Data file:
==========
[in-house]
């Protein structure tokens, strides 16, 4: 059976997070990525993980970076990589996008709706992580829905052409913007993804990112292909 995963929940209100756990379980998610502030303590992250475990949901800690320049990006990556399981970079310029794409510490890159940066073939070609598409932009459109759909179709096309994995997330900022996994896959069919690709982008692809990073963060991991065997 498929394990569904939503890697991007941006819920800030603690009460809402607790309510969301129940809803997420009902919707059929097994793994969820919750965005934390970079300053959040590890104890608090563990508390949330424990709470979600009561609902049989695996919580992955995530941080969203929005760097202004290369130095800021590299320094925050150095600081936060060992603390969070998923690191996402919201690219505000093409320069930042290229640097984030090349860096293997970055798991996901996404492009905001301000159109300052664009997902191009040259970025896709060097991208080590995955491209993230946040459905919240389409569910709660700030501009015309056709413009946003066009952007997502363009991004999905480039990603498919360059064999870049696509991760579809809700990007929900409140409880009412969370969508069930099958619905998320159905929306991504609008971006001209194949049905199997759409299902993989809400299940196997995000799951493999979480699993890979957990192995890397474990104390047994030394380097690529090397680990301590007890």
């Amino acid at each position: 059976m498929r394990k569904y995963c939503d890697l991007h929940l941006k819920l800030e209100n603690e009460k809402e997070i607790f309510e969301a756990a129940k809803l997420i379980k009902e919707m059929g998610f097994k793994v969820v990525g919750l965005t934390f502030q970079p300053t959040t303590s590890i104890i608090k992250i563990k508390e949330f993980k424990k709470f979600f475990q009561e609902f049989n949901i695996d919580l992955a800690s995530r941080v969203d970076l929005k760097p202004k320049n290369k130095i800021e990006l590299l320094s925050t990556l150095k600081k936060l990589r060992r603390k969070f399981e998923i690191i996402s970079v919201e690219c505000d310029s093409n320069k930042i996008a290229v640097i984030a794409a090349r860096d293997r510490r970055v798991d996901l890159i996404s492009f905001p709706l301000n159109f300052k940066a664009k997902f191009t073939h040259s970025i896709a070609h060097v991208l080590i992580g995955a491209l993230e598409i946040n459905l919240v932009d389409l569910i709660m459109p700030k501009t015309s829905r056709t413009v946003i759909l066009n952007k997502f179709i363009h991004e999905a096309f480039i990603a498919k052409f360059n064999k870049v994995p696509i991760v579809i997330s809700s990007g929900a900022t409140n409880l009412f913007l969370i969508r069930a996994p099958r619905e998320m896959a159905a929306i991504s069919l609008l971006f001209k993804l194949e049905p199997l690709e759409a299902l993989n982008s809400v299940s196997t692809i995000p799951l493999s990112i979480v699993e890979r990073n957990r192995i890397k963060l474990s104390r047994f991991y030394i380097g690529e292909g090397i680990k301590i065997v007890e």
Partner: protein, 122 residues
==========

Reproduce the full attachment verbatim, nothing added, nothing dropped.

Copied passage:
[in-house]
């Protein structure tokens, strides 16, 4: 059976997070990525993980970076990589996008709706992580829905052409913007993804990112292909 995963929940209100756990379980998610502030303590992250475990949901800690320049990006990556399981970079310029794409510490890159940066073939070609598409932009459109759909179709096309994995997330900022996994896959069919690709982008692809990073963060991991065997 498929394990569904939503890697991007941006819920800030603690009460809402607790309510969301129940809803997420009902919707059929097994793994969820919750965005934390970079300053959040590890104890608090563990508390949330424990709470979600009561609902049989695996919580992955995530941080969203929005760097202004290369130095800021590299320094925050150095600081936060060992603390969070998923690191996402919201690219505000093409320069930042290229640097984030090349860096293997970055798991996901996404492009905001301000159109300052664009997902191009040259970025896709060097991208080590995955491209993230946040459905919240389409569910709660700030501009015309056709413009946003066009952007997502363009991004999905480039990603498919360059064999870049696509991760579809809700990007929900409140409880009412969370969508069930099958619905998320159905929306991504609008971006001209194949049905199997759409299902993989809400299940196997995000799951493999979480699993890979957990192995890397474990104390047994030394380097690529090397680990301590007890």
């Amino acid at each position: 059976m498929r394990k569904y995963c939503d890697l991007h929940l941006k819920l800030e209100n603690e009460k809402e997070i607790f309510e969301a756990a129940k809803l997420i379980k009902e919707m059929g998610f097994k793994v969820v990525g919750l965005t934390f502030q970079p300053t959040t303590s590890i104890i608090k992250i563990k508390e949330f993980k424990k709470f979600f475990q009561e609902f049989n949901i695996d919580l992955a800690s995530r941080v969203d970076l929005k760097p202004k320049n290369k130095i800021e990006l590299l320094s925050t990556l150095k600081k936060l990589r060992r603390k969070f399981e998923i690191i996402s970079v919201e690219c505000d310029s093409n320069k930042i996008a290229v640097i984030a794409a090349r860096d293997r510490r970055v798991d996901l890159i996404s492009f905001p709706l301000n159109f300052k940066a664009k997902f191009t073939h040259s970025i896709a070609h060097v991208l080590i992580g995955a491209l993230e598409i946040n459905l919240v932009d389409l569910i709660m459109p700030k501009t015309s829905r056709t413009v946003i759909l066009n952007k997502f179709i363009h991004e999905a096309f480039i990603a498919k052409f360059n064999k870049v994995p696509i991760v579809i997330s809700s990007g929900a900022t409140n409880l009412f913007l969370i969508r069930a996994p099958r619905e998320m896959a159905a929306i991504s069919l609008l971006f001209k993804l194949e049905p199997l690709e759409a299902l993989n982008s809400v299940s196997t692809i995000p799951l493999s990112i979480v699993e890979r990073n957990r192995i890397k963060l474990s104390r047994f991991y030394i380097g690529e292909g090397i680990k301590i065997v007890e």
Partner: protein, 122 residues